William J. Casey Facts
William J. Casey (1913-1987) former CIA director, Casey is most known for his involvement in the Iran-contra affair.
William J. Casey was director of the Central Intelligence Agency (CIA) from 1981 to 1987. Basically a throwback to an earlier era of the Cold War, Casey attempted to revitalize the CIA from the torpor it had been in since the early 1970s. He played a murky role in the Iran-contra affair, President Ronald Reagan's greatest foreign policy debacle.
William Joseph Casey had a colorful background that easily made him the most interesting person in the Reagan cabinet. He was born on 13 March 1913 in Elmhurst, New York, in a middle-class Irish-Catholic family. He received degrees at Fordham University in 1934 and Saint John's University Law School in 1937. Rather than practice law, Casey went to work for a company that published digests of federal regulatory and tax matters. He proved to have a natural talent for sifting through reams of information to distill what was important. In 1950 Casey left the company to found a competing business, which eventually made him rich. His specialty was writing, virtually overnight, how-to guides on accounting and tax questions. Casey is credited with coining the term "tax shelter."
Commissioned a lieutenant in the navy in 1943, Casey ended up in the Office of Strategic Services (OSS), the CIA's forerunner. He successfully ran a network of agents who parachuted into Germany to radio back information about bombing targets.
After the war Casey elected not to remain in intelligence work, despite considering it the most exciting thing he had ever done. He returned to New York and for most of the next twenty years devoted himself to making money. He was a venture capitalist, investing in a variety of start-up businesses. Again he was successful, but he also earned a reputation for his fast and loose methods. He was frequently sued, something he regarded merely as an occupational hazard.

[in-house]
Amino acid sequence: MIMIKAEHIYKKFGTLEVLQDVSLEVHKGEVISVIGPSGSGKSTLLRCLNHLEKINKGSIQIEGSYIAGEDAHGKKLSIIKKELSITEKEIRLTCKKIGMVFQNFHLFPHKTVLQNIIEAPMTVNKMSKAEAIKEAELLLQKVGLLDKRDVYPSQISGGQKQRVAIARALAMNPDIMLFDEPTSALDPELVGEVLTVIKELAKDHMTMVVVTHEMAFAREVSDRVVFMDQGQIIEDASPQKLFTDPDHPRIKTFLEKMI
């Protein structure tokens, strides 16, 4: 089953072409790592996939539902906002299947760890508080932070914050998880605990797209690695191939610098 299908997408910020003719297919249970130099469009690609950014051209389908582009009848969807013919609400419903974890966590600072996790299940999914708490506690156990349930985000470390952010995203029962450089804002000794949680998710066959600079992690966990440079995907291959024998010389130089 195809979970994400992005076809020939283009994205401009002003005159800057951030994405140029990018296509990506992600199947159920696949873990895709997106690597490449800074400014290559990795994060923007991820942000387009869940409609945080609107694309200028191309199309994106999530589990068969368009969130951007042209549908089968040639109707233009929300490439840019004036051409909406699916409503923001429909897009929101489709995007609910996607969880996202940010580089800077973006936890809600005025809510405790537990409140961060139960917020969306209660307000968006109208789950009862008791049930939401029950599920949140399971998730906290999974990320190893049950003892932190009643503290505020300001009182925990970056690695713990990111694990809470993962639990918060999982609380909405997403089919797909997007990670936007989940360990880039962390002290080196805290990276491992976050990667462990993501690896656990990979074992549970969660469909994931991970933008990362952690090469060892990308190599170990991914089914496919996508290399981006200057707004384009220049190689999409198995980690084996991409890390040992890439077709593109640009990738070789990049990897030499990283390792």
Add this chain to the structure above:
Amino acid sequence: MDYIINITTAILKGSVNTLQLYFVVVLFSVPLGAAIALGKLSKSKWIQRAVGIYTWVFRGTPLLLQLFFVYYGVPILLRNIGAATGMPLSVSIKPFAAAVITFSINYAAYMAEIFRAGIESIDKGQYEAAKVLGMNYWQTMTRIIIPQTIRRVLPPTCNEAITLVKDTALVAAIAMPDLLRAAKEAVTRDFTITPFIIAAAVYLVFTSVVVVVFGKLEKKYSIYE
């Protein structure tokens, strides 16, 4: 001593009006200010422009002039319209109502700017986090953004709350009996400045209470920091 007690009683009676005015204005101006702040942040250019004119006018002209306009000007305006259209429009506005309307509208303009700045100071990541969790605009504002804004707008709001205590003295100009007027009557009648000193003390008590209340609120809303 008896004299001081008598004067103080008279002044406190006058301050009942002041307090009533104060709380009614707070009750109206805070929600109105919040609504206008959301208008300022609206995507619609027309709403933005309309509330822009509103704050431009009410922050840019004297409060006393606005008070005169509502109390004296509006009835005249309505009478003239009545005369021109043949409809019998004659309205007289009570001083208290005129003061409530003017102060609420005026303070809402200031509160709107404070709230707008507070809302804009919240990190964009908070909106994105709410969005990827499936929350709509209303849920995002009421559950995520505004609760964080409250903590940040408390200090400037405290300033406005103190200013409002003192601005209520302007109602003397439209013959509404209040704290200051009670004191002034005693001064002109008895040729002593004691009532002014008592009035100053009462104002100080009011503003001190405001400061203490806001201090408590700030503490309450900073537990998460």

By the mid-1960s Casey was ready to enter politics. He tried his hand at elective politics, losing a 1966 race for Congress. An early and heavy contributor to Richard M. Nixon's successful 1968 campaign for president, he was finally rewarded in 1971 when Nixon nominated him to become chairman of the Securities and Exchange Commission (SEC). It was an unlikely appointment, and many regarded Casey as the fox sent to guard the henhouse. But Casey quickly surprised his critics, as he aggressively enforced the securities laws. His role in cajoling a reluctant Justice Department into accepting SEC documents as part of a ploy to keep them out of the hands of congressional investigators almost brought a Watergate special prosecutor down on him. Casey, however, had cleverly managed to follow the letter of the law while evading its spirit.
Bored with the SEC, Casey served briefly as under secretary of state for economic affairs. It was a do-nothing job, as Secretary of State Henry Kissinger was both uninterested in economics and distrustful of Casey because of his independent ties to Nixon. In 1974 Casey moved on to head the Export-Import Bank for twenty months.